The Hymns and Carols of Christmas

The Dilly Carol

Words and Music: English Traditional

Source: Ralph Dunstan, The Cornish Song Book (London: Reid Bros., Ltd., 1929), p. 128-9.

See: Notes on Twelve Days of Christmas

1. "Come and I will sing you."
"What will you sing me?
"I will sing you ONE, O,"
"What is your ONE, O?"
    One of them was all alone,
    Ever will remain so.

2. "Come and I will sing you."
"What will you sing me?
"I will sing you TWO, O,"
"What is your TWO, O?"
    Two of them were lily-white babes,
    Clothed all in green, O
    One of them was all alone,
    Ever will remain so.

3. "Come and I will sing you."
"What will you sing me?
"I will sing you THREE, O,"
"What is your THREE, O?"
    Three of them were strangers,    
    Two of them were lily-white babes,
    Clothed all in green, O
    One of them was all alone,
    Ever will remain so.

4. "Come and I will sing you."
"What will you sing me?
"I will sing you FOUR, O,"
"What is your FOUR, O?"
    Four, the four Evangelists,
    Three of them were strangers,    
    Two of them were lily-white babes,
    Clothed all in green, O
    One of them was all alone,
    Ever will remain so.

5. "Come and I will sing you."
"What will you sing me?
"I will sing you FIVE, O,"
"What is your FIVE, O?"
    Five, the Ferryman in the boat
    Four, the four Evangelists,
    Three of them were strangers,    
    Two of them were lily-white babes,
    Clothed all in green, O
    One of them was all alone,
    Ever will remain so.

6. "Come and I will sing you."
"What will you sing me?
"I will sing you SIX, O,"
"What is your SIX, O?"
    Six, the Gospel Preacher,
    Five, the Ferryman in the boat
    Four, the four Evangelists,
    Three of them were strangers,    
    Two of them were lily-white babes,
    Clothed all in green, O
    One of them was all alone,
    Ever will remain so.

7. "Come and I will sing you."
"What will you sing me?
"I will sing you SEVEN, O,"
"What is your SEVEN, O?"
    Seven, the seven stars in the sky,
    Six, the Gospel Preacher,
    Five, the Ferryman in the boat
    Four, the four Evangelists,
    Three of them were strangers,    
    Two of them were lily-white babes,
    Clothed all in green, O
    One of them was all alone,
    Ever will remain so.

8. "Come and I will sing you."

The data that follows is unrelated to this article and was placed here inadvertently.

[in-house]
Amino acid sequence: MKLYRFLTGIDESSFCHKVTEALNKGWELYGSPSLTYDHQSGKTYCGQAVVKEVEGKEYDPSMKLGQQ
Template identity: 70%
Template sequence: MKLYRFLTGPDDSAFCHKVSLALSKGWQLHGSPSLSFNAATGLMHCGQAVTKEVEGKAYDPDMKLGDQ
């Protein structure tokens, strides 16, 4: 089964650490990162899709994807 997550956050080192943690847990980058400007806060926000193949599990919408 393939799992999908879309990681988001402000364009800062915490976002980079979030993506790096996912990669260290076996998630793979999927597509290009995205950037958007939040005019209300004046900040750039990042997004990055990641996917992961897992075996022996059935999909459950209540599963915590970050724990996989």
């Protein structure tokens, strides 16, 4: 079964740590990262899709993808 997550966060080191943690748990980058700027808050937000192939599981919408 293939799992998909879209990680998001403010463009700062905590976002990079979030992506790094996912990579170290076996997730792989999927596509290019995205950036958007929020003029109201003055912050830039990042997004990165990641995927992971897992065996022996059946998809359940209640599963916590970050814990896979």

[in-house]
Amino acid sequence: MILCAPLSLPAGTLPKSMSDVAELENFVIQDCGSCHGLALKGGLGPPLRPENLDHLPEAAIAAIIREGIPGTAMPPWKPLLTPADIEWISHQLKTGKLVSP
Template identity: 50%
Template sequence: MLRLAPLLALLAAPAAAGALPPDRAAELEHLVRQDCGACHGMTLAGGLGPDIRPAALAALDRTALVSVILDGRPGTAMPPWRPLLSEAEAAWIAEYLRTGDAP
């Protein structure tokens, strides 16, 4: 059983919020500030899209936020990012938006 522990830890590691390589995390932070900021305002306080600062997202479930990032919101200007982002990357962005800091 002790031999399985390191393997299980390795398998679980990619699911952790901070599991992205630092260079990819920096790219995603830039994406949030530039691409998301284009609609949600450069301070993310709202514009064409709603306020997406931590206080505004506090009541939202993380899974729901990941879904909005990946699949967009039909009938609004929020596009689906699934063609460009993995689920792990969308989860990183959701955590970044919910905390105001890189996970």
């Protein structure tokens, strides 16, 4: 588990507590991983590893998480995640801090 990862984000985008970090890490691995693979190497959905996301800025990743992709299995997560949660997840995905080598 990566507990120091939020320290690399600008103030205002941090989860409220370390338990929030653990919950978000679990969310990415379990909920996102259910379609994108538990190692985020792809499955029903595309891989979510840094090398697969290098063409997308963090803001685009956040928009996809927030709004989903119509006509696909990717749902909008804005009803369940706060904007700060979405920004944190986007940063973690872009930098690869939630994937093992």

"What will you sing me?
"I will sing you EIGHT, O,"
"What is your EIGHT, O?"
    Eight it is the Morning Break
        When all the world's awake, O.
    Seven, the seven stars in the sky,
    Six, the Gospel Preacher,
    Five, the Ferryman in the boat
    Four, the four Evangelists,
    Three of them were strangers,    
    Two of them were lily-white babes,
    Clothed all in green, O
    One of them was all alone,
    Ever will remain so.

9. "Come and I will sing you."
"What will you sing me?
"I will sing you NINE, O,"
"What is your NINE, O?"
    Ten, the Commandments,
        And ten begins again, O
    Nine, is the dilly Bird,
        That's never seen but heard, O.
 

10. "Come and I will sing you."
"What will you sing me?
"I will sing you TEN, O,"
"What is your TEN, O?"
    Ten, the Commandments,
        And ten begins again, O

Sheet Music

Notes from Dr. Dunstan:

The mythical Dilly Bird was supposed to come only at Christmas and was "never seen but heard-O." Variants of the Dilly Carol are sung in most of the countries of Europe. The following is exactly as I have many times heard it — generally sung by three singers at or about the time of Twelfth Night — in West Cornwall. The chorus may be accompanied; the other portions, for solo voices, must be un-accompanied.

ALLUSIONS:

"One of them:"                   God the Father

"Two of them:"                   Christ and John the Baptist

"Three of them:"                 The Three Magi

"Five, the Ferryman:"           Charon.

"Six, the Preacher:"             Probably St. Paul

"Seven, the seven Stars:"    The Pleiades.

As in most of the Mediæval Miracle Plays and Mysteries, and many of the old Carols, Christian Doctrines are mingled with fragments of Heathen Mythology, etc.

Editor's Note:

This is one of many "counting" songs among the hymns and carols of Christmas. See the notes to the Twelve Days of Christmas.

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